Australia is beating the curve. But it’s unclear why.

Australia cases dropping

What a difference a week makes for The Lucky Country.

Back on March 25th, Australia had 2,400 cases, growing at the standard 20-25% per day. Our trajectory looked similar to most countries; doubling cases every 4 days, and quickly heading for a public health disaster.

Although we were seeing some very early signs of slowed growth, according to most models we were still on track to exceed 10,000 cases by April 4th, with over 1,000 new cases each day.

Fast-forward to today, and the story is much different. Our curve is getting absolutely demolished. New cases have fallen off a cliff. We are at under 5,400 total cases, and growth has slowed to a single-digit trickle. We are in great shape compared to most of the infected world, and no longer at risk of hitting ICU capacity.

But here’s the thing: Nobody knows exactly why.

It doesn’t actually make sense. Our exponential curve just suddenly shattered – far earlier than anyone expected (especially us nerds who’ve been following & tracking this thing like crazy.)

Most models expected cases to start dropping 10-14 days after political measures were put in place. But in reality, after March 25th everything just started sinking like a stone. This was only 5 days after we closed the borders, and two days after Australia went into lockdown!

In fact our graph has improved to such a degree that yesterday Scott Morrison announced Australia is moving into a new “suppression phase,” which doesn’t mean much, but signals our politicians recognize a fundamental shift has occurred.

To be fair, there’s plenty we have done right in this battle. From the beginning, our rate of testing has been amongst the highest in the world, and positive cases have remained steady at 2.1%

via Anthony Macali

But we’ve also made a lot of mistakes. The biggest being: 1) Not closing our borders as quickly as we could have, 2) Allowing the Ruby Princess cruise ship to dock in Sydney, and 3) Bondi beachgoers ignoring the beach ban at the height of the disaster

The borders thing especially bothers me. From the very beginning, anyone who was paying attention could see that the vast majority of new infections in Australia were from people who had recently been in the US. (And this was at a time when America was officially reporting just a few hundred cases!)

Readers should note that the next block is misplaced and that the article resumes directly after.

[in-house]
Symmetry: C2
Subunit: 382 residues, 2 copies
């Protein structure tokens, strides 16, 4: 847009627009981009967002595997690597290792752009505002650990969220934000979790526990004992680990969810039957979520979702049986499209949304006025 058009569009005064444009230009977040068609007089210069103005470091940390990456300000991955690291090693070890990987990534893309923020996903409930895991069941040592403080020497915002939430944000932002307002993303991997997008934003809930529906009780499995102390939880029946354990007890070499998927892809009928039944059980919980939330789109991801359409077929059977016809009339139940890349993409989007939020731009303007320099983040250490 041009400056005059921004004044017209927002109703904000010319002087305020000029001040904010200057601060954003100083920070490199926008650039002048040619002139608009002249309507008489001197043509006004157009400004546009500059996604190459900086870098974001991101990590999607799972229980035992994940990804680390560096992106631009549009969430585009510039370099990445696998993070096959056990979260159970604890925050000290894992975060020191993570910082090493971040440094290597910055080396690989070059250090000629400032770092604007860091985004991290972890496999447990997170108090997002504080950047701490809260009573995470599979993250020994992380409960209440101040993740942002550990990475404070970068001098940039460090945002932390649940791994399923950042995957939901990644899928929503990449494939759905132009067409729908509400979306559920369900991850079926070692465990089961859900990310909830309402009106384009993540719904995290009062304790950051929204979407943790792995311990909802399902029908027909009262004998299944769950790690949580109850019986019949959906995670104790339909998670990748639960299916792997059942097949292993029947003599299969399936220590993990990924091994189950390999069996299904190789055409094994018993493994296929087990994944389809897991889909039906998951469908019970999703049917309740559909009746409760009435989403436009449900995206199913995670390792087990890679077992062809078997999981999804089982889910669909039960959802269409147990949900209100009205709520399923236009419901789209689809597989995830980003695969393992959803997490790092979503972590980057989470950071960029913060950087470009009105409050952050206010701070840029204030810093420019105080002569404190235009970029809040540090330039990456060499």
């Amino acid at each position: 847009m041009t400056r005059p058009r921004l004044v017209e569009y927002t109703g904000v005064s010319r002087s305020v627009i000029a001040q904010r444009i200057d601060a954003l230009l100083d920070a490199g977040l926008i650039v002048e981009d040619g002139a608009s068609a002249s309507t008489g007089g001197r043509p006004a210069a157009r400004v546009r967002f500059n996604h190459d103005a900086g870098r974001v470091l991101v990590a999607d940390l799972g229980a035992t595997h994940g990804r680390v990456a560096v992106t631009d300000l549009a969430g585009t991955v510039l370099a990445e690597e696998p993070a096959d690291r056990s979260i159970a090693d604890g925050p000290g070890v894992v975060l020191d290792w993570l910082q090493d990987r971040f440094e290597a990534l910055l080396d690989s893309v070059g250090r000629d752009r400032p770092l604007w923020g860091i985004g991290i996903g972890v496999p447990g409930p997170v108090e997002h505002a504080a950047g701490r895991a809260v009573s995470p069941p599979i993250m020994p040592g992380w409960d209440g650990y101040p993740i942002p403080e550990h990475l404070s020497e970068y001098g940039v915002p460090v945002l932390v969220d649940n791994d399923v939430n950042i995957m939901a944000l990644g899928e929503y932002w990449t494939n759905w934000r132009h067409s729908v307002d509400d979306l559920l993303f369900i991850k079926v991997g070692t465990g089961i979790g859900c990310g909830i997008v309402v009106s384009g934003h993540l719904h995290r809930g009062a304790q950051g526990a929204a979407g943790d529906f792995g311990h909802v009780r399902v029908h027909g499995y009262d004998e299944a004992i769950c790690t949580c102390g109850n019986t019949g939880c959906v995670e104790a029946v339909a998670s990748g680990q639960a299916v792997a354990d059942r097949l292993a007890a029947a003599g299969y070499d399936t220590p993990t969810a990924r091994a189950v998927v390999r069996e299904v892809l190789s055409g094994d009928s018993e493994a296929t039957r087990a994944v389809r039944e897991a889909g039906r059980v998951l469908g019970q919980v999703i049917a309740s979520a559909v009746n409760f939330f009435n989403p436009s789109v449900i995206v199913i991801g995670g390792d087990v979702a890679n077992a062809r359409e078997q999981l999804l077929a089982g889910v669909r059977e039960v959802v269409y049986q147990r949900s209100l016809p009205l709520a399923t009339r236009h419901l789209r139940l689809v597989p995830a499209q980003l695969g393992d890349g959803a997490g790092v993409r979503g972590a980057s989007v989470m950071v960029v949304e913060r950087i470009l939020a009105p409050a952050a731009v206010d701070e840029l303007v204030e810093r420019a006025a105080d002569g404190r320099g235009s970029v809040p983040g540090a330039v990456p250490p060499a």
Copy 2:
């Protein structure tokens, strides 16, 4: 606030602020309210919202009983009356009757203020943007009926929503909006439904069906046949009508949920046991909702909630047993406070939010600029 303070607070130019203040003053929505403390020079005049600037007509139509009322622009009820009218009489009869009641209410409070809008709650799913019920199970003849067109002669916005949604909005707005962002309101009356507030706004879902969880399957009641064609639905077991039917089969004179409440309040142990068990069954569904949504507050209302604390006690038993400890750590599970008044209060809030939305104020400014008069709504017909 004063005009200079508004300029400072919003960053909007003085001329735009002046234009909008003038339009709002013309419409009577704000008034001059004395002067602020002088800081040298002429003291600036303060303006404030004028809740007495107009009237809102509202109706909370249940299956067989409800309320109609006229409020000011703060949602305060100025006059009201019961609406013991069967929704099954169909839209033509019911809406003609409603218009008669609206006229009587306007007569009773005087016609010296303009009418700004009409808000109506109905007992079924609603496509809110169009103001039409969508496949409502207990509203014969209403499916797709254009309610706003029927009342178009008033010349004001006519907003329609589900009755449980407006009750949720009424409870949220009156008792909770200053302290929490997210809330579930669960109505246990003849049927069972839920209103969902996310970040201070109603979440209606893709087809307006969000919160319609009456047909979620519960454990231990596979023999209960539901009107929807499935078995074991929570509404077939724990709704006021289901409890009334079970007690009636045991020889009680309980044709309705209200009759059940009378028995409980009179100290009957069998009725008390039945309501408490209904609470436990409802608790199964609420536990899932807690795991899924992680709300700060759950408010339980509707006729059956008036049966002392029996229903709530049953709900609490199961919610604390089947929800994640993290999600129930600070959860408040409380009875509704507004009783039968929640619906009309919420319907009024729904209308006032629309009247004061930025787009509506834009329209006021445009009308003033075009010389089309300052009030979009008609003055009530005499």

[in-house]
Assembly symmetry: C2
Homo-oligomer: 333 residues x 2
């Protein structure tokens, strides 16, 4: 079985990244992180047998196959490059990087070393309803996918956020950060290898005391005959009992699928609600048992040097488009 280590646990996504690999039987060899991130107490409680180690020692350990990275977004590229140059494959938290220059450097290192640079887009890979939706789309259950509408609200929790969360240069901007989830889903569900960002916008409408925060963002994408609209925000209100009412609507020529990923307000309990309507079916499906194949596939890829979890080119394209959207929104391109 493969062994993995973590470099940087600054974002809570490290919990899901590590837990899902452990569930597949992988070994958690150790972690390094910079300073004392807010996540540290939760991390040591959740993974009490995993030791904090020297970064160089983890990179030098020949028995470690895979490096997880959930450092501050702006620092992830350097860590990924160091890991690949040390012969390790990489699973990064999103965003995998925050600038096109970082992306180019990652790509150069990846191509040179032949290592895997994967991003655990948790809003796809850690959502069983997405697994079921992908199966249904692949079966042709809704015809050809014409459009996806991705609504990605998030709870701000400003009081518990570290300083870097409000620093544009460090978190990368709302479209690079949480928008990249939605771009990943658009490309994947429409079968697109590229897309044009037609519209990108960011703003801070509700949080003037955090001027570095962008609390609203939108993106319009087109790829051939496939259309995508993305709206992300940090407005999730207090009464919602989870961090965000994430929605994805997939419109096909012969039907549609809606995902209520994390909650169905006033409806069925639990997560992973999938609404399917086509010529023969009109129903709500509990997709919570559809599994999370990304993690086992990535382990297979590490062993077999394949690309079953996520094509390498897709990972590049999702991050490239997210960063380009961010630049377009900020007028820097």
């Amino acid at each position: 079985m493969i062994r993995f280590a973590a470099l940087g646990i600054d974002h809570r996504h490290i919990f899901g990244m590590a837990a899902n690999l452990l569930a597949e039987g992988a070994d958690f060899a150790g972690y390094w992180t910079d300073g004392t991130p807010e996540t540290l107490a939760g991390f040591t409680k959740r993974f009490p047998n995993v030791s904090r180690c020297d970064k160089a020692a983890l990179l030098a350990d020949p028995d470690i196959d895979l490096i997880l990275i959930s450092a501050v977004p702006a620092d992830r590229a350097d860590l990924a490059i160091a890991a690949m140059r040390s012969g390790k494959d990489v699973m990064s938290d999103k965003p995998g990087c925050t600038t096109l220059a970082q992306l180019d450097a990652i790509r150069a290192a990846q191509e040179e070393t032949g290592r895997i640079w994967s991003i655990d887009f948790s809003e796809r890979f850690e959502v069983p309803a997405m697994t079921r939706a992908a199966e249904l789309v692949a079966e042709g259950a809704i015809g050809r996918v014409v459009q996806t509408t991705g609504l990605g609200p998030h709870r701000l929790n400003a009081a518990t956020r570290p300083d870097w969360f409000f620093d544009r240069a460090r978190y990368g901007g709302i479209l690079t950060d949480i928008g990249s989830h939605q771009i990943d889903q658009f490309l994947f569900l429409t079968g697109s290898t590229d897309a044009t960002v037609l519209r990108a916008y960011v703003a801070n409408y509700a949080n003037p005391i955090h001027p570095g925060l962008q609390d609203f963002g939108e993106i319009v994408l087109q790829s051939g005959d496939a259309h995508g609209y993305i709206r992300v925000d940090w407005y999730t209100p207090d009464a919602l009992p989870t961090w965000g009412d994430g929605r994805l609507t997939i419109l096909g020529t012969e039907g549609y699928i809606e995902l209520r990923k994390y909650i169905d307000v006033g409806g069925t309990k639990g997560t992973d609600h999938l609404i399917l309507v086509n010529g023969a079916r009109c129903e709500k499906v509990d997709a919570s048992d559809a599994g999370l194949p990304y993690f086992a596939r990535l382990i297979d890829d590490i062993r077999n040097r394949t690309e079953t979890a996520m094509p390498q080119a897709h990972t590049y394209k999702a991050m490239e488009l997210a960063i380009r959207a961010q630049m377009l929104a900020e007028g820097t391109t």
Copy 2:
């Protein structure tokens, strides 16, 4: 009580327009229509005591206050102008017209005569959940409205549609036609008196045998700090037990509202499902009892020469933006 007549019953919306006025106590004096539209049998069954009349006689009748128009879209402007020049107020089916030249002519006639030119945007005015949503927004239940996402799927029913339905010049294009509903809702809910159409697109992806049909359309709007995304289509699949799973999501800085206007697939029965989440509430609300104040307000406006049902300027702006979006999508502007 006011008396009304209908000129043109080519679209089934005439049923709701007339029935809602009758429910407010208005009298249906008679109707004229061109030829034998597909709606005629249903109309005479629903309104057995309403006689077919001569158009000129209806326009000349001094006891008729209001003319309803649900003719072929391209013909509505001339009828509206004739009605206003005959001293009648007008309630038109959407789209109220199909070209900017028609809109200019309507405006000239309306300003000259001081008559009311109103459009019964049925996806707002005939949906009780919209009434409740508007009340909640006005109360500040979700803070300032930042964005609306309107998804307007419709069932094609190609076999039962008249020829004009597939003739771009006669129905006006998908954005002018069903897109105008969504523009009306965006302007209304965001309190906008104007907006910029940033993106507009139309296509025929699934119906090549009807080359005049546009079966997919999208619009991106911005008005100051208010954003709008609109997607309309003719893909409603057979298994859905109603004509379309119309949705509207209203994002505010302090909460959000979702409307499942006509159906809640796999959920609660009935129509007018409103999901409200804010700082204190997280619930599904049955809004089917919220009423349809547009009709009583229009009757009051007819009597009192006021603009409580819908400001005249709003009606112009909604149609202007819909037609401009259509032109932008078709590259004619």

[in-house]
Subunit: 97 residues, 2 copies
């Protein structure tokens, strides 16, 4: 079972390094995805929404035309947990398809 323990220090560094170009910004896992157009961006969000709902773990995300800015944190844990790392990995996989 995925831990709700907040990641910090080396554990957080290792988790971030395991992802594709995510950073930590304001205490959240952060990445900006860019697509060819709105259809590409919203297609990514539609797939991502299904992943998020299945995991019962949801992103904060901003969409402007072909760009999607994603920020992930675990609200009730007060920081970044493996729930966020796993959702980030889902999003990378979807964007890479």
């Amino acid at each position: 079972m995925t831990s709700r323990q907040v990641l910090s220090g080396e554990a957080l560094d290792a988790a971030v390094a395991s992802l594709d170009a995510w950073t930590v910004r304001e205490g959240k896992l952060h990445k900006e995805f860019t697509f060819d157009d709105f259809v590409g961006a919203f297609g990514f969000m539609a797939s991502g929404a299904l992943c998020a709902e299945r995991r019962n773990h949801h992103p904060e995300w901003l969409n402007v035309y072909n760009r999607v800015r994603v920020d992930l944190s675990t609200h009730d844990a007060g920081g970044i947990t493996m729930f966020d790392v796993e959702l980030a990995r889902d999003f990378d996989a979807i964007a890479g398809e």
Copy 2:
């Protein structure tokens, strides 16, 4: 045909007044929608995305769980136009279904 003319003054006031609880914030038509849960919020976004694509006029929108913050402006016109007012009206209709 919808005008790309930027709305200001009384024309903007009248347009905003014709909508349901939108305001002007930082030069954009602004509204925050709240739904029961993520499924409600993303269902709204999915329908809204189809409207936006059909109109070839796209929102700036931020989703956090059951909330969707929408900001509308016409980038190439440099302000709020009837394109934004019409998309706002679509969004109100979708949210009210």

We now know that a whopping 67% of Australia’s cases came from overseas. The Age has finally come out and said what needed to be said:

In short, about 2000 of the first 5000 cases in Australia came from the big three Petri dishes of Europe, the US and international cruise ships.

[America] never made the banned list…even as the evidence mounted in early March that the Americans were tracking for catastrophe. The US was only swept up by default, when Australia closed its borders to all foreign visitors on 20 March – six weeks after the initial ban on visitors from China. Even then, another week would pass before all Australians returning from overseas were placed under a mandatory 14-day quarantine.

It is not so much a double standard as an unavoidable diplomatic reality. Australia, like most Western countries, continues to tap dance around the fragile ego of Donald Trump.

The Morrison government would have known that treating the US on the basis of hard evidence, as a risk equivalent to China or Iran, would likely have enraged a President who thought the coronavirus was a media beat-up.

New Zealand recognized this trend, and acted early. Jacinda Arden (who should probably be made Prime Minister of the World) pulled up the drawbridge quicker than nearly every other country on earth. If Australia had the courage to give Trump the middle finger, we’d be in even better shape today.

Anyways, while it feels like we’re moving past the early innings of the fight, I’d caution anyone to think we have this fully under control. Singapore, whose response so far deserves a gold medal, just announced they are going back into partial lockdown, indicating countries around the world will likely live with periods of on & off lockdown for months until the vaccine is created.

But compared to many other countries, we can’t complain too much. Someday we’ll better understand exactly why some areas of the world fared better or worse than others. There are some interesting theories out there, some of which have merit and others which are probably conspiracy theory bullshit. Here’s one that’s especially interesting to me. I don’t know where on the bullshit spectrum it falls, but it’s interesting.

Who knows. Maybe we are just lucky after all. 🇦🇺

Published by Stefan von Imhof

Leading Product at Flippa. Buying & selling micro-businesses on the side. My personal brand is all over the map.

One thought on “Australia is beating the curve. But it’s unclear why.

  1. I think because we are an island which is not that populated and far away from the rest of the world has helped.

    We knew a lot before from the rest of the world it had a chance to really take hold here.

    Trump could easily had made a much bigger difference if he took it more seriously from the start and not just said it will blow over soon enough.

    The blood of many is on his hands.


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